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I have a Dell Inspiron E1505 which I formatted recently to install Mac OSX. Basically this is what I have done:

Formatted the c:\ drive creating a separate partition of about 50 GB ( out of 80 GB..so my C:\ is now 30GB and the new drive M:\ is 50GB) This new M:\ drive is formatted to be Fat32 while C:\ is NTFS

My whole point is to have a dual boot with Windows and Mac OSX. However I was not successful in getting the Mac OSX installed on it.

It was working great until recently when it started to hang after 5 mins. It's been pretty consistent. Once it hangs, if i press any button it would have a loud continuous beep sound. I have to shut it down basically.

Can someone please let me now what's wrong with it?

Since I was not able to fix it, I wanted to reinstall the OS...I have the Dell CDs. so, I am fine with it. But, now I am having a problem. After inserting the OS DVDand booting it on DVD, I am not able to run the format command on c:\ drive. It says unknown format or drive not correct. Obviuosly the drive is correct. I am guessing that it's getting confused as I had earlier partitioned the c:\ drive and formatted it to be ( partially i.e the m:\ drive) a FAT32. Now I went to Disk management and removed the logical partition of m:\ and formatted it. I was however not able to delete the partition ( Delete partition is grayed out on m:) Even after all this I was not able to format the c:\ drive. Same error message.

Any inputs?

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3 Answers 3

can you delete the partitions from the installer? just delete the partitions from the windows installer and start over - no need to format what's already there.

and FYI, since it's a dell, it may have a small partition at the beginning of the disk(100 MB or so). this is where the testing and recovery tools are installed. if you see that partition, it's ok to leave. or you can delete it - it's up to you, but a dell support agent may ask you to run these if you ever have to call in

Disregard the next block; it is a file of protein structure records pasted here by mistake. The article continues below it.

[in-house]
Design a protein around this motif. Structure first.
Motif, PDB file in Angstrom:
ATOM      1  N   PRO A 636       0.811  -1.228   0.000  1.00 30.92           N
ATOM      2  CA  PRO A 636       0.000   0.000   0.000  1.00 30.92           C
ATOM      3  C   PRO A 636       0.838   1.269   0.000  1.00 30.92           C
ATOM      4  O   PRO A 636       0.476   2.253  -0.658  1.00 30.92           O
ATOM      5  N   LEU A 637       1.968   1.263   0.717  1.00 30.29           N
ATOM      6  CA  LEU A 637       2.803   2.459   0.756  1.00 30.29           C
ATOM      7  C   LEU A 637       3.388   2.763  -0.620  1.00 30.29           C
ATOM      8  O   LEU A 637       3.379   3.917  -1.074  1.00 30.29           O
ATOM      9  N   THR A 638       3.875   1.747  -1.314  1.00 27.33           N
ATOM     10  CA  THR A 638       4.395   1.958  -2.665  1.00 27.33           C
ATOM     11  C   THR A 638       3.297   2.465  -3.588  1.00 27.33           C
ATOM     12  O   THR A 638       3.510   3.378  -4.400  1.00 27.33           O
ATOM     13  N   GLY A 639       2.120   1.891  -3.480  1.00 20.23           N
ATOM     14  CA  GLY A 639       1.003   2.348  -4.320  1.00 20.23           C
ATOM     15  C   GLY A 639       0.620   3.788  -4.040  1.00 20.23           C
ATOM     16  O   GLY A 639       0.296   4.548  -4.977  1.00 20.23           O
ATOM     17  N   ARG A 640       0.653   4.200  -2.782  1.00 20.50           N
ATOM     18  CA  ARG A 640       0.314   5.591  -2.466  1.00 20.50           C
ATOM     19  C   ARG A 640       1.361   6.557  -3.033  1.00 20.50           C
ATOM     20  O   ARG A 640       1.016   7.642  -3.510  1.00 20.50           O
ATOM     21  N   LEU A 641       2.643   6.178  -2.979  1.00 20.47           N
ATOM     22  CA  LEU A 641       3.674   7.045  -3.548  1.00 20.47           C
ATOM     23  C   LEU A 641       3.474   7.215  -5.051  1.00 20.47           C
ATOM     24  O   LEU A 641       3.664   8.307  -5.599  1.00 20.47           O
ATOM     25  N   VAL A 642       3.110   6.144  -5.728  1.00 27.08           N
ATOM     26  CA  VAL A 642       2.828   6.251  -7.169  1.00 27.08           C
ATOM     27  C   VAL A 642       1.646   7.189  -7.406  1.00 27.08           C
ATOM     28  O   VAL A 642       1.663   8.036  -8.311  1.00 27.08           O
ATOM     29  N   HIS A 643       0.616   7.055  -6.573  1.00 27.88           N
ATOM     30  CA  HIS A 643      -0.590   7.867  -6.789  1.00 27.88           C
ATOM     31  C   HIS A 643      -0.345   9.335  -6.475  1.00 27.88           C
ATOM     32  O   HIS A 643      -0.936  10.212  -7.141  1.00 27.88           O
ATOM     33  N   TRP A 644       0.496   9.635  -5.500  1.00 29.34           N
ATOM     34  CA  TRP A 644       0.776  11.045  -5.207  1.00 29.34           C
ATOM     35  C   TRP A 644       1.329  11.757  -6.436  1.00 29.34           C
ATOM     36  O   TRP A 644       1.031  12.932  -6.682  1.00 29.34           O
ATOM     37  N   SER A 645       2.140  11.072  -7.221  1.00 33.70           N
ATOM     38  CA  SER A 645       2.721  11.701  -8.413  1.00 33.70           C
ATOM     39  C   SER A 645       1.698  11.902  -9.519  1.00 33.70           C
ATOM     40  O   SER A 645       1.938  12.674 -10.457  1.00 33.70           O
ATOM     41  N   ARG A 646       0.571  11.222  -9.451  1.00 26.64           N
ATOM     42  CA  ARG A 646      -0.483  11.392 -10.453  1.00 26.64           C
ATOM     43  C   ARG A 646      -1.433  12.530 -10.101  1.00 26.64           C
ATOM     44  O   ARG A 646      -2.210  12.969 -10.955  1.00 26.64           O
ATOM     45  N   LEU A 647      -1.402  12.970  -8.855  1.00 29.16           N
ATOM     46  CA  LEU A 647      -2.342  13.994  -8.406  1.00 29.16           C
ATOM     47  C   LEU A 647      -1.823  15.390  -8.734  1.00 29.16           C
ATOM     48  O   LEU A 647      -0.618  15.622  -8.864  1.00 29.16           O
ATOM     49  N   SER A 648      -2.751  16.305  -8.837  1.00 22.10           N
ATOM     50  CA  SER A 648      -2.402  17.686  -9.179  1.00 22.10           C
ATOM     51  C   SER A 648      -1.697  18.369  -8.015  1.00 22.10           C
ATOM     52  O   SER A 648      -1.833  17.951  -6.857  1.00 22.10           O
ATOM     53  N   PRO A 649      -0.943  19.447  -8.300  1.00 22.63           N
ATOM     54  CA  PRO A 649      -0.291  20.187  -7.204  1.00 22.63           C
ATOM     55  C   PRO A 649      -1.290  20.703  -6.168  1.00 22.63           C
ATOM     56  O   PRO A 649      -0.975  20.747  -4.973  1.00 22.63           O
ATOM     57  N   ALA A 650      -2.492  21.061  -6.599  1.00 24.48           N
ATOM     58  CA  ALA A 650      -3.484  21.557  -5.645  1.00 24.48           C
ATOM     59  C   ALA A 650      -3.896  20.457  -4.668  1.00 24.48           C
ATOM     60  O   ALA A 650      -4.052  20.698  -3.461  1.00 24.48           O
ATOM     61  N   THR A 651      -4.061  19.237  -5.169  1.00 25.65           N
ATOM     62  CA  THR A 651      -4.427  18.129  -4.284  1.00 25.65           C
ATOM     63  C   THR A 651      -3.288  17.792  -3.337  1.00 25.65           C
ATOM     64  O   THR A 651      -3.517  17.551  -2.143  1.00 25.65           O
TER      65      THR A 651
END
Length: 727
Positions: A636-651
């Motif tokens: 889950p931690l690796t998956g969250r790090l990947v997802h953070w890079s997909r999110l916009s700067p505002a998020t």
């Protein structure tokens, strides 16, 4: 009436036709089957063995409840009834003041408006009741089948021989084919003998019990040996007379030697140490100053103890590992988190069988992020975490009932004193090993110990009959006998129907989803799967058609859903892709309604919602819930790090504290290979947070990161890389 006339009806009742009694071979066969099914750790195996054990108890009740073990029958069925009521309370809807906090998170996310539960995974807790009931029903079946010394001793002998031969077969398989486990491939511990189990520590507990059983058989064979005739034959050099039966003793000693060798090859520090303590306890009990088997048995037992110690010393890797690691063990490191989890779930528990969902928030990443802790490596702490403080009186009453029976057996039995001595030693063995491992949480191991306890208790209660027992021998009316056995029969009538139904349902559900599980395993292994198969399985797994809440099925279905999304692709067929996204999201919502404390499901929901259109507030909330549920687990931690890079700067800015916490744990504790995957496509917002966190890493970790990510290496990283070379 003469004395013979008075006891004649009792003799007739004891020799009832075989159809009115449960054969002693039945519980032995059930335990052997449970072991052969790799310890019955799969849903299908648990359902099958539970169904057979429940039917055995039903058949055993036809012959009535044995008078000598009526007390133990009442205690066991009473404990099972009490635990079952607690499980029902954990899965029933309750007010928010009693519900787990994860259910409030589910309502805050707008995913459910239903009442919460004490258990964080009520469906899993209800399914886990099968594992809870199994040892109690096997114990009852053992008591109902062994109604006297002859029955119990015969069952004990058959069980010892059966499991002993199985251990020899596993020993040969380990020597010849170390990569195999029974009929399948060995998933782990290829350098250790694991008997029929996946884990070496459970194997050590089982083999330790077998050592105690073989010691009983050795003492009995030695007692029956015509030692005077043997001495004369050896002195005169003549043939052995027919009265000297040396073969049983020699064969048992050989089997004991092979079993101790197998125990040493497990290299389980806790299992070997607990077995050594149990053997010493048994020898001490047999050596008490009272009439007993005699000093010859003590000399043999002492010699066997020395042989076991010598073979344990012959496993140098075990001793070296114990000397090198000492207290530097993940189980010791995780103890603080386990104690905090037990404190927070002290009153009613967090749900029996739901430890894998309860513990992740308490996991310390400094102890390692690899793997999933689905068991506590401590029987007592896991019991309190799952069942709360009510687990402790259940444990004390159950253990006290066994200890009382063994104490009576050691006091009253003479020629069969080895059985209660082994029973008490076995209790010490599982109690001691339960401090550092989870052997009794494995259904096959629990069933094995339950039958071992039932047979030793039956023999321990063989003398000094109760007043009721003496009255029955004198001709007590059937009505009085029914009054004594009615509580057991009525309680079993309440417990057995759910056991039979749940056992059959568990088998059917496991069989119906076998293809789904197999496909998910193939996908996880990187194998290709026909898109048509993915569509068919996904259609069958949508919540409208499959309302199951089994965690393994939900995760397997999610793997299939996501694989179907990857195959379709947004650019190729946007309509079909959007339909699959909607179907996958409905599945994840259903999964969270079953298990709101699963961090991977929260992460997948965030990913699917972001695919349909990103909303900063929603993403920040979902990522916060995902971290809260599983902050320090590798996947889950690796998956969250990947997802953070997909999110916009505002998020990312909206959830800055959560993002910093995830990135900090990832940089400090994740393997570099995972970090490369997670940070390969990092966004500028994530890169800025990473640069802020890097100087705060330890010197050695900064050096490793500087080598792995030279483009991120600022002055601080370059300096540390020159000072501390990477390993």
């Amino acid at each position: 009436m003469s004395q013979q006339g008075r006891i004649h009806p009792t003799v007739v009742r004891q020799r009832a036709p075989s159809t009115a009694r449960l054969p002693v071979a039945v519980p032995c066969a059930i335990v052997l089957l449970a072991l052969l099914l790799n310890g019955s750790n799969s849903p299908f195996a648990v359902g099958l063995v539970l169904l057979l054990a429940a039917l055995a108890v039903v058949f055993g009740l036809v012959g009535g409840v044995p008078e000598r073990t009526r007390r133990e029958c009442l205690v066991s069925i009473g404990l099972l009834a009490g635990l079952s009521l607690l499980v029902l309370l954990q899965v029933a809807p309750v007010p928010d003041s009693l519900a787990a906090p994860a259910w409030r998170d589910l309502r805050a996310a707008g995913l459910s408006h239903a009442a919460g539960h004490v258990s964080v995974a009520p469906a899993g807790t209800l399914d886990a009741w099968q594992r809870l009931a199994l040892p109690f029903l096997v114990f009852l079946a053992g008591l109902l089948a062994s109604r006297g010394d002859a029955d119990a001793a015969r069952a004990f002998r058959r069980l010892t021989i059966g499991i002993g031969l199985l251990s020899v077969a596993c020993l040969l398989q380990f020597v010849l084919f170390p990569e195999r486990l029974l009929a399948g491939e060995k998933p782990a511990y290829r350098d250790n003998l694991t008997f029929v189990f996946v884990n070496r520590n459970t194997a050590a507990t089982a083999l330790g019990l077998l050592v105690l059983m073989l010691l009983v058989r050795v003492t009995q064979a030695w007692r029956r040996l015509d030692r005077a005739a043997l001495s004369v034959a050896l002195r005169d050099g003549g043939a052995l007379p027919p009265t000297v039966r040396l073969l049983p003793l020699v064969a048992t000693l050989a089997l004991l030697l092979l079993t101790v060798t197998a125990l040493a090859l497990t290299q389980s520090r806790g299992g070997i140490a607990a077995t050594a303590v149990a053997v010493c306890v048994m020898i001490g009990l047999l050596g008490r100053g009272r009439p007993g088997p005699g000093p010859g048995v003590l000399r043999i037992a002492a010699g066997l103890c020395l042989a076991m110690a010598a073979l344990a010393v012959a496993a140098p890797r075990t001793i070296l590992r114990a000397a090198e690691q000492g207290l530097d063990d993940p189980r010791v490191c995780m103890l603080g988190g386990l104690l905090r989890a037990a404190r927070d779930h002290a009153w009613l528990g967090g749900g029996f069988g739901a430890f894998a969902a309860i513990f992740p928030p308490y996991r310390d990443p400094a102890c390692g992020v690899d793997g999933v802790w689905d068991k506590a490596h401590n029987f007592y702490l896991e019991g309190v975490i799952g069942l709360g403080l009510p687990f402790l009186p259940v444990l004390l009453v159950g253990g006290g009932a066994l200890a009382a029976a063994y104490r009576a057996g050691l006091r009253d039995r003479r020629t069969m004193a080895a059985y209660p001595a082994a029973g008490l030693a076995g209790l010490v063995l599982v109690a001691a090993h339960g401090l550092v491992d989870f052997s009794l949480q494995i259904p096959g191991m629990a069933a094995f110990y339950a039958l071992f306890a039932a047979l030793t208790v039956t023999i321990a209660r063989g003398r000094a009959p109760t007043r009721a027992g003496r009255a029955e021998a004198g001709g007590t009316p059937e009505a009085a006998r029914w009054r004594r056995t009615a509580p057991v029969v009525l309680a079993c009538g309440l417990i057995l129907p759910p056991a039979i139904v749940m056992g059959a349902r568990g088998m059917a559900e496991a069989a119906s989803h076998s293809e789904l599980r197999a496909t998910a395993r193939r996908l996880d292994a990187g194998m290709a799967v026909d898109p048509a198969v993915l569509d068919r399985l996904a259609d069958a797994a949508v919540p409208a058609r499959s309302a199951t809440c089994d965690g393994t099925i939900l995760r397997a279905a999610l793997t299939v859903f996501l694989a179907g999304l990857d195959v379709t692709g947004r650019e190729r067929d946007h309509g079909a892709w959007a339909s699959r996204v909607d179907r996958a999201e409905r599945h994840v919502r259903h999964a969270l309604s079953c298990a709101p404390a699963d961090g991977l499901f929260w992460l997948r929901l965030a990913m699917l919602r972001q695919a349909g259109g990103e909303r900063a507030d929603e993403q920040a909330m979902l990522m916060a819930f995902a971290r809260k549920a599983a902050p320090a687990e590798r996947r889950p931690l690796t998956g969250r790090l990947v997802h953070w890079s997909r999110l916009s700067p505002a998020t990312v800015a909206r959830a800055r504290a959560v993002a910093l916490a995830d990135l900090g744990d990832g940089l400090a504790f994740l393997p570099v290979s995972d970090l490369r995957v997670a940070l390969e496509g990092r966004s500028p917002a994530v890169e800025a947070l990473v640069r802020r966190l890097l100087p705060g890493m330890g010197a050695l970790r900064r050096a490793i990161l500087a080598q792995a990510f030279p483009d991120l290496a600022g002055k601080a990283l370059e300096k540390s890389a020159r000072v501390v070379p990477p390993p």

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hi, what is the command? –  vj. Jul 23 '09 at 2:35
    
in the XP installer, on the step where it asks where to install, select the partition and type "D", then confirm with "L" in vista or 7, click the "Advanced" button, then select the partition, and click "Delete" (I think it has an eraser icon) –  brad.lane Jul 23 '09 at 20:18

Yes.. I am not going to "answer" your question but giving some useful input to your query.

I also observed this problem in one of Dell laptops. It gets stuck on any new operating system other than Vista. The behaviour was observed in Windows XP and Ubuntu. So I can guess a reason. Perhaps Dell has the optimizations to the original OS that they ship. I mean the hardware optimizations. That might be the reason for the unexpected behaviours you observe.

The next thing is "Format" command. The best option to perform the operations is using another installer CD, like windows XP to partition the disk. I could successfully fix the problems of that nature using Ubuntu install CD as well. You can get a CD free from Ubuntu Web site.

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If you are willing to entirely nuke all data from the machine and start from scratch, download the following two utilities:

Darik's Boot and Nuke - This is a hard drive eraser. What it will do is entirely go over your hard drive with ones and zeroes at random, and make the drive appear as if it has no data on it whatsoever, because technically it will just be random ones and zeroes. This will help to make sure there aren't any rogue partitions or anything like that laying around.

GParted Live CD - This is a partition manager. After running DBAN on your system, use this disk to create the two partitions you desire for your machine. You don't have to format them using GParted if you don't want (Windows works fine for that), just use it to create the empty partitions. Afterwards, proceed to install Windows in whatever way you like.

Technically, the GParted Live CD isn't necessary if you're just installing Windows, but it's a handy tool to have whenever you have problems with partitions. The only problem I have noticed with it is that it does not handle NTFS partitions particularly well when the host system it is from was not shut down properly. So, for reference, if you ever need to work on an NTFS partition with GParted, make sure to shut down Windows properly.

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